5 Tips Managing Deployment Stress During the Holidays
The holidays are about food, fun, and family — especially enjoying the season with that special someone. I recently heard one of my Christmas favorites, "Christmas Just Ain't Christmas without the One You Love," by the OJAY's. But what do you do when the one you love is deployed? How can you enjoy the holiday festivities and avoid the holiday blues or depression?
Coping with increased multiple deployments can take a toll on one's emotional well being and can wreak havoc on relationships. Spouses and servicemembers deal with being absent for births, birthdays, anniversaries, special family events and even the holidays. Because of this, it's very easy and common to develop resentments that can affect our overall well-being.
However, you can get a grip on holiday blues and managing deployment stress. Here are some quick tips to get you started:
The first quick tip:
Avoid looking at it as the "holiday season," instead look at it as a "holi-Day." In other words, take it one day at a time – think of it as Thanksgiving Day, Christmas Day, or New Years Day. To help you cope with deployment stress and holiday blues you have to compartmentalize instead of looking at the entire season. The difficulty in doing this will depend on where you are in the deployment phase. The first one or two months of deployment will be more difficult than someone who is in the six or seventh month. But, you can accomplish this at any phase of deployment.
Tip number two:
Avoid the temptation to spend extra money to make you feel better. This will only lead to depression later when the credit card statements arrive in the mail. Yes, this is the season for giving, but I think it would be better and more economical to give framed family photos, calendars, baked goods and other crafts that you've created as gifts. Besides, you'll feel better knowing that you've given gifts that can be appreciated and cherished instead of gifts that get stuffed somewhere in the back of the closet.
Tip number three:
Don't overeat. The extra pounds will definitely cause depression when you can't zip up your favorite jeans. Extra pounds also mean extra stress, too — which is stress you don't need right now. It's okay to enjoy your favorite appetizers, desserts, etc., but try not to over do it. Instead of overeating indulge in some self-help books, spiritual literature, or call up a friend to help you make it through this time. Get plenty of exercise instead of being sedentary. Go for daily walks, take aerobics classes at the gym or take up a new form of exercise, possibly biking or even hiking.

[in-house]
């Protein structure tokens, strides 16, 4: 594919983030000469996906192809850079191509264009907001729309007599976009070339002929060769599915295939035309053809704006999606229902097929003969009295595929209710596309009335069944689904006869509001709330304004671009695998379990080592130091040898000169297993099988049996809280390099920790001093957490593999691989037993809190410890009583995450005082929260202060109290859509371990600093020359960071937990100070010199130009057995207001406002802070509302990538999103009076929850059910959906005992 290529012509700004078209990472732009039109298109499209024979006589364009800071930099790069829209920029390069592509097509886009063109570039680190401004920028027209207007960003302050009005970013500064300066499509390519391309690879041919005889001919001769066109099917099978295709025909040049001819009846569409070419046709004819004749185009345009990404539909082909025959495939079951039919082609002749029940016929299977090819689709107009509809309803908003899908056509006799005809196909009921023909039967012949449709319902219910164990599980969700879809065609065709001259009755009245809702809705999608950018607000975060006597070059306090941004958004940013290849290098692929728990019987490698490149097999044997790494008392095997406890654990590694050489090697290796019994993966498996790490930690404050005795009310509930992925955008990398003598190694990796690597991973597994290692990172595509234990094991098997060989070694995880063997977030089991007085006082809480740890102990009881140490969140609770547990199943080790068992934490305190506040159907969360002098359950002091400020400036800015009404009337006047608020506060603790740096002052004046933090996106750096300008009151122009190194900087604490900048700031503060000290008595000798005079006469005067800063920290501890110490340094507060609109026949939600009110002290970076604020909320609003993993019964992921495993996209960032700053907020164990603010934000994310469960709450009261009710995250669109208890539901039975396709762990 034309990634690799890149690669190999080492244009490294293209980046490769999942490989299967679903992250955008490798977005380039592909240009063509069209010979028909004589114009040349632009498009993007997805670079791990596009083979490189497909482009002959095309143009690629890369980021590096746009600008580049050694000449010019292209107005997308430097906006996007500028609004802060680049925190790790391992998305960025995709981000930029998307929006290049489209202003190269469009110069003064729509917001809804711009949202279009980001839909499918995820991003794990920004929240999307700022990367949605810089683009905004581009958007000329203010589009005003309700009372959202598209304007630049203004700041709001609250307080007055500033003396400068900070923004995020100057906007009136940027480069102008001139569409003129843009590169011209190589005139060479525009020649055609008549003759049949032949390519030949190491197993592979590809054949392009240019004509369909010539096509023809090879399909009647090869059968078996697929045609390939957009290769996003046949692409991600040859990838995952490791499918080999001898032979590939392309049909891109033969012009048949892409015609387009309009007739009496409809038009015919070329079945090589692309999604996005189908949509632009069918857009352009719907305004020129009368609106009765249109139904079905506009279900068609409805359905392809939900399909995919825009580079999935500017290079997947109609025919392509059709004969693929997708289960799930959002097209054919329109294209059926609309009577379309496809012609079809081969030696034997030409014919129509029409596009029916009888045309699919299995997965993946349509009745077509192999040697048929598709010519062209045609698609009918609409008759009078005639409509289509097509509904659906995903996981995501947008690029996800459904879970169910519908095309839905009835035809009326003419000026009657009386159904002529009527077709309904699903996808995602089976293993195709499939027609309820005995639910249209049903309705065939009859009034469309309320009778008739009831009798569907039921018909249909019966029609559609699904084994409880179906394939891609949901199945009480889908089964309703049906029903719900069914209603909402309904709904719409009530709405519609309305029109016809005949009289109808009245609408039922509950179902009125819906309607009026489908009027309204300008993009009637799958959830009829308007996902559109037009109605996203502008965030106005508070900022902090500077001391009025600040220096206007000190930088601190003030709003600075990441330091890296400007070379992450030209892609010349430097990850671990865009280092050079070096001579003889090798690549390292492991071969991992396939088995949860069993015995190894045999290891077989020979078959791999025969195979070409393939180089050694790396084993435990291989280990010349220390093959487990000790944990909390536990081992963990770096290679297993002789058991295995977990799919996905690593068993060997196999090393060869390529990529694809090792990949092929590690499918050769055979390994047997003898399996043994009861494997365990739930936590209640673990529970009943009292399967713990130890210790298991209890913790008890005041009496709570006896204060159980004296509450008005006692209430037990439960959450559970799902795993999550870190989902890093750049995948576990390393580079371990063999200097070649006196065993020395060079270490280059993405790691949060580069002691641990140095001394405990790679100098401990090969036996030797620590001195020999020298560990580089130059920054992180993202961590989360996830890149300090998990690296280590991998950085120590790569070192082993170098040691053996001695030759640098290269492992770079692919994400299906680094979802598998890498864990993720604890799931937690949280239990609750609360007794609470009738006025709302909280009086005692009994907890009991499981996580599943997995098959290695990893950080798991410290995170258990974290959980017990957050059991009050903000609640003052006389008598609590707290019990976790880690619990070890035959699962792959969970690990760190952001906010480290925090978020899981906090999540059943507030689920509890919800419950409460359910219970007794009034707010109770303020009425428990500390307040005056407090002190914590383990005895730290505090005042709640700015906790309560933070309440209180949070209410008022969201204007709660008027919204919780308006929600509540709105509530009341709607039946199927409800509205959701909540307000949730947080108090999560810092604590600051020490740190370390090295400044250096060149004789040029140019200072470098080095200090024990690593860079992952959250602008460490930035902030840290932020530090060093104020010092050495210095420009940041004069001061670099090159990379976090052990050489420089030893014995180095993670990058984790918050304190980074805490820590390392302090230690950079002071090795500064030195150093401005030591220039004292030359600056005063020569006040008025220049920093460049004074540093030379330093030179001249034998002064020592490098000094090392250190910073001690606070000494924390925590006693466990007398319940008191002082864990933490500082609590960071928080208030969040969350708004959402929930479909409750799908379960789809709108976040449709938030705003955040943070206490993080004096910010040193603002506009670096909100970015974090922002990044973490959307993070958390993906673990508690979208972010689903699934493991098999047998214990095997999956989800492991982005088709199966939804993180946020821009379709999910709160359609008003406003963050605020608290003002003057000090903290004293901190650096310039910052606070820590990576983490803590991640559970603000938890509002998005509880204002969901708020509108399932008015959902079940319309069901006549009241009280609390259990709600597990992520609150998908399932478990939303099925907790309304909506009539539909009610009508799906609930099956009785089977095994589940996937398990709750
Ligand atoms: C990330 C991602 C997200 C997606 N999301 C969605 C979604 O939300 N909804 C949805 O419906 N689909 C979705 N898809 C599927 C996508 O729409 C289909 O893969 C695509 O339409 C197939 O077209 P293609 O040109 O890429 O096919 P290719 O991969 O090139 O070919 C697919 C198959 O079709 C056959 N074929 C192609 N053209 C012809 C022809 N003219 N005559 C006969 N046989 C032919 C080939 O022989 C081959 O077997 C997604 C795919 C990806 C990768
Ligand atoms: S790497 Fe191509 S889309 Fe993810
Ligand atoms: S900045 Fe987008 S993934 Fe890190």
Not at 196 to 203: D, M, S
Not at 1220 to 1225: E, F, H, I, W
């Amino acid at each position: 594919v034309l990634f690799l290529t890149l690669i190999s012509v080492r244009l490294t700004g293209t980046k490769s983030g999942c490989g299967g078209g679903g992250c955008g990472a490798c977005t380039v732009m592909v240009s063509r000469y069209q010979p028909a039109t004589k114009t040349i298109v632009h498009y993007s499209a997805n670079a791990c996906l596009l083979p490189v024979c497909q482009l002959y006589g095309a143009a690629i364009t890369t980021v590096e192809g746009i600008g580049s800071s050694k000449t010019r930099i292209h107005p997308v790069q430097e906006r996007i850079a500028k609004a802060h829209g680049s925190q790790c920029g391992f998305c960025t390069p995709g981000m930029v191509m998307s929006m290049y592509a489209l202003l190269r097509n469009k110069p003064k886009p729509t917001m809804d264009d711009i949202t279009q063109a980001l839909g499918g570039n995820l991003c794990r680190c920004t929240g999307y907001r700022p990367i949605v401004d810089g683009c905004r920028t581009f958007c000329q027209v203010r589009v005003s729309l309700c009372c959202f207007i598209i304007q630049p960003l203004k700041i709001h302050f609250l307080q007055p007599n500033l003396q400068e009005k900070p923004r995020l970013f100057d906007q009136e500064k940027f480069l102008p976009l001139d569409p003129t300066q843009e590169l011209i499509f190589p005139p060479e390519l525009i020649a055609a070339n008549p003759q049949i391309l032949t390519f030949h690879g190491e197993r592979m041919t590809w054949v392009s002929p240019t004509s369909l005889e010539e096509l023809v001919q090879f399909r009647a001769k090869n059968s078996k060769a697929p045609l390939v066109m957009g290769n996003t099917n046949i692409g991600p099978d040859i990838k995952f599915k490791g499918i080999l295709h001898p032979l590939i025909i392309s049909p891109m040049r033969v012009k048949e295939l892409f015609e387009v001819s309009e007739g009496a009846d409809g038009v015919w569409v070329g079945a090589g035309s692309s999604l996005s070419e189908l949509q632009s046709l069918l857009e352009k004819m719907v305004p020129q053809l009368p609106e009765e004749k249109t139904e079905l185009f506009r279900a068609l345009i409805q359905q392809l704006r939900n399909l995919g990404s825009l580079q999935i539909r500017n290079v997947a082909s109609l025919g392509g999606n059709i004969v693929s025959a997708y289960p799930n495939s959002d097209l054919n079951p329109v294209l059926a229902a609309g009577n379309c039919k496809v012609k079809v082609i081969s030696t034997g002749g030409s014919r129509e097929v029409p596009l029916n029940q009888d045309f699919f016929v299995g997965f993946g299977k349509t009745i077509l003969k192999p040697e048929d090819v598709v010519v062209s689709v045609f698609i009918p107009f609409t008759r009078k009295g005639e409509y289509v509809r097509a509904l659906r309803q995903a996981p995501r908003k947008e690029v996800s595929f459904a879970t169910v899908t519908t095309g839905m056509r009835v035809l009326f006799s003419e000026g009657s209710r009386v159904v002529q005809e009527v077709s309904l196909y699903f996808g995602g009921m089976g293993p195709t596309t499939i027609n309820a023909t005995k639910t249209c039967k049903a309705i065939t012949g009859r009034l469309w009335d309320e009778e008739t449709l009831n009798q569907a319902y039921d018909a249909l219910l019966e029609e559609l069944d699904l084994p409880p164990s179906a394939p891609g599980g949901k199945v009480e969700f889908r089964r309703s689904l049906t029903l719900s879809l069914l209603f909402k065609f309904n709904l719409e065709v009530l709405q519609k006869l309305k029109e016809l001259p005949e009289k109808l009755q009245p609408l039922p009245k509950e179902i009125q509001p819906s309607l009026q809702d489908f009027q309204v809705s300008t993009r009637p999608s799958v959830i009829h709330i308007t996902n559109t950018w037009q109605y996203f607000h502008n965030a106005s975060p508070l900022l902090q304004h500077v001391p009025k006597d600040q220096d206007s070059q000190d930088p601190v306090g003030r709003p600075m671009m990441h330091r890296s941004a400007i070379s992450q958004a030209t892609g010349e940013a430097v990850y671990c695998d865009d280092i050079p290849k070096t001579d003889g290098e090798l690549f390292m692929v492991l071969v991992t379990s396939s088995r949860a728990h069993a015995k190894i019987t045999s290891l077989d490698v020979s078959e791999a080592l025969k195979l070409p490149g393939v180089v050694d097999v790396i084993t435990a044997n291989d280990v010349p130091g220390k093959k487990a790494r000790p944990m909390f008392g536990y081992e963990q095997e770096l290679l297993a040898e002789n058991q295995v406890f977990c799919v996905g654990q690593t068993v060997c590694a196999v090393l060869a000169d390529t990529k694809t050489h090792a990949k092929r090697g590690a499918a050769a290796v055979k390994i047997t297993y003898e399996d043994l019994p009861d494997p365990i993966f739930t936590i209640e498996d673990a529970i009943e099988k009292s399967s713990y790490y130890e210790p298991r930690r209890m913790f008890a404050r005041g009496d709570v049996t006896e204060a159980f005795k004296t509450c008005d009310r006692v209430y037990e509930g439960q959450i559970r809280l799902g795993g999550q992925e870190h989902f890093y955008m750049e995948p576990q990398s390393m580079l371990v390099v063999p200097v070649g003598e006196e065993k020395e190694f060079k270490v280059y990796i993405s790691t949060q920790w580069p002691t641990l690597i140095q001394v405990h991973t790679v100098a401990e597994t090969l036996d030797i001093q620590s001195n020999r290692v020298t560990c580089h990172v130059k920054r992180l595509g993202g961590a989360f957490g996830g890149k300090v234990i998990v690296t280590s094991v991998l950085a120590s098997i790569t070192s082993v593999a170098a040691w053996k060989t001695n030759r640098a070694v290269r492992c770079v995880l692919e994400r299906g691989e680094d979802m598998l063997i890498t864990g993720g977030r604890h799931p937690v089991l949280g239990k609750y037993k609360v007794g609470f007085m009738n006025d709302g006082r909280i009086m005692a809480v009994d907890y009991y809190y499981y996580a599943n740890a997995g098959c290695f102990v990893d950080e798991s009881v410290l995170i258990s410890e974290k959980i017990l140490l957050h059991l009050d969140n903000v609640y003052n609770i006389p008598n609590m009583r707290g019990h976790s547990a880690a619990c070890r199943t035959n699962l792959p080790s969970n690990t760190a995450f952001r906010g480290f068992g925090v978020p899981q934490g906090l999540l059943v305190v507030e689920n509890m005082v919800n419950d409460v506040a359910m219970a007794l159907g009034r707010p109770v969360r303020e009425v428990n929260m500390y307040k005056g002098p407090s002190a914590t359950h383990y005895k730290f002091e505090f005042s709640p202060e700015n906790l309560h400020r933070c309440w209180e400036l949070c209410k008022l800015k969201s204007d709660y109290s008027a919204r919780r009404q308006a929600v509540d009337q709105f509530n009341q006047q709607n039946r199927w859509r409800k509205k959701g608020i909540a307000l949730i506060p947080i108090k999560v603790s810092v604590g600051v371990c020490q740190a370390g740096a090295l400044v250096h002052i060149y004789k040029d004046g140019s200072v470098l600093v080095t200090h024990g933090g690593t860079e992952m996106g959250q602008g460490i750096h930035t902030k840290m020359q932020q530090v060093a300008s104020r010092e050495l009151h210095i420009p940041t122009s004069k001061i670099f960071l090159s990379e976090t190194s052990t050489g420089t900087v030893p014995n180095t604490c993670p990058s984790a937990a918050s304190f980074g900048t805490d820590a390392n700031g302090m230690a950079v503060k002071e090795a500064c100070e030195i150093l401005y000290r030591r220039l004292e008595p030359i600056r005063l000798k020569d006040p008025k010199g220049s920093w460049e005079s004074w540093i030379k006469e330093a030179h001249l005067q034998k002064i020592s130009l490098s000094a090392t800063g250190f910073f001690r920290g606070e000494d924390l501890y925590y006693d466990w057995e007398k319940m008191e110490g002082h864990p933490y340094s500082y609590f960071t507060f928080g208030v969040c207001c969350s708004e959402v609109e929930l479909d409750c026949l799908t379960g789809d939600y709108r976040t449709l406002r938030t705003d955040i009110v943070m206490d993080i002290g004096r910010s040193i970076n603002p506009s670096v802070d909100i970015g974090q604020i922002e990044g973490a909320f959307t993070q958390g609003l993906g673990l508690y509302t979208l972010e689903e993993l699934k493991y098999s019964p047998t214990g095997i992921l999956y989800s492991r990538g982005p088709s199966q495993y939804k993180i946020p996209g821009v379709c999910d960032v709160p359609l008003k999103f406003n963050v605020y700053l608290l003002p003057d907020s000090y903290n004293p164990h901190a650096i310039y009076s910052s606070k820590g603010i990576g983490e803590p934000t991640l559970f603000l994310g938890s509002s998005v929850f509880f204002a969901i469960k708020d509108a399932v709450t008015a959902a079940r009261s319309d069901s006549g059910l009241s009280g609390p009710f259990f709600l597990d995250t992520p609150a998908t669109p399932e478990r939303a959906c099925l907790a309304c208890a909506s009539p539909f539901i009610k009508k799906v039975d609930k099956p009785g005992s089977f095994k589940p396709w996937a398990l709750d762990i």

Tip number four:
Give yourself permission to have fun but don't over indulge with alcohol. It's normal to be sociable while enjoying a glass of wine or perhaps a mixed drink. However, you don't want to use alcohol to help you cope, this will only lead to alcohol dependency.
Tip number five:
You don't have to be superman or superwoman. The holidays can be the perfect time to ask for help. Many family members try to prove they can be the "warrior spouse" or show they can "wing it" alone. This is not true and now is not the time to be isolated or alone. Depend on your close family, friends and other loved ones to help carry you through this deployment. Don't spend time beating yourself up because of the way you feel. Instead, you should own your feelings and recognize that they're normal given what you're experiencing. More importantly, you should share your feelings with someone who will understand.
Depression is common during the holidays and it's important to recognize the symptoms. For example, you may experience an inability to sleep or an increase in sleeping, over eating or not eating at all, crying for any reason or no reason at all, weight loss or weight gain, loss of interest in activities.
Try my quick tips if you feel down in the dumps. But, if these symptoms persist for more than two weeks you should make an appointment immediately with your primary care physician and discuss these symptoms.
Ms. Vicki is a native of Dallas. She is married to an active-duty Soldier and they have three sons. Vicki has always had a gift for giving quick advice and steering people in the right direction. Her passion has always been helping anyone who is in need of advice and writing. Ms. Vicki has a Master's of Science in Social Work from the University of Louisville. She is a Licensed Clinical Social Worker. Ms. Vicki will begin working on a PhD in the fall of 2009. Currently, Ms. Vicki is working on a host of books that will be published this year. The first book, "Restoring the Passion and Romance in Your Relationship" will be released soon. Ms. Vicki uses her intellect, clinical skills, passion, wit and humor to engage many military spouses.
Currently, Ms. Vicki works as a therapist with military servicemembers and their families. She provides services for a wide array of concerns such as combat stress, PTSD, couples and marital problems, depression, grief and loss, stress and coping, etc. Ms. Vicki also writes an advice column "Dear Ms. Vicki" that appears in the Washington Times, the Fort Campbell Courier and the Heidelberg Herald Post. Ms. Vicki also hosts an internet radio show and blogs on her community site with the Washington Times.
Do you have a question for Ms. Vicki about deployments, making new friends at a new duty station, or military life in general? E-mail her at AskMsVicki@military-inc.com, and she'll answer your questions. Two or three Q&As will be published on Military.com's Advisors channel.
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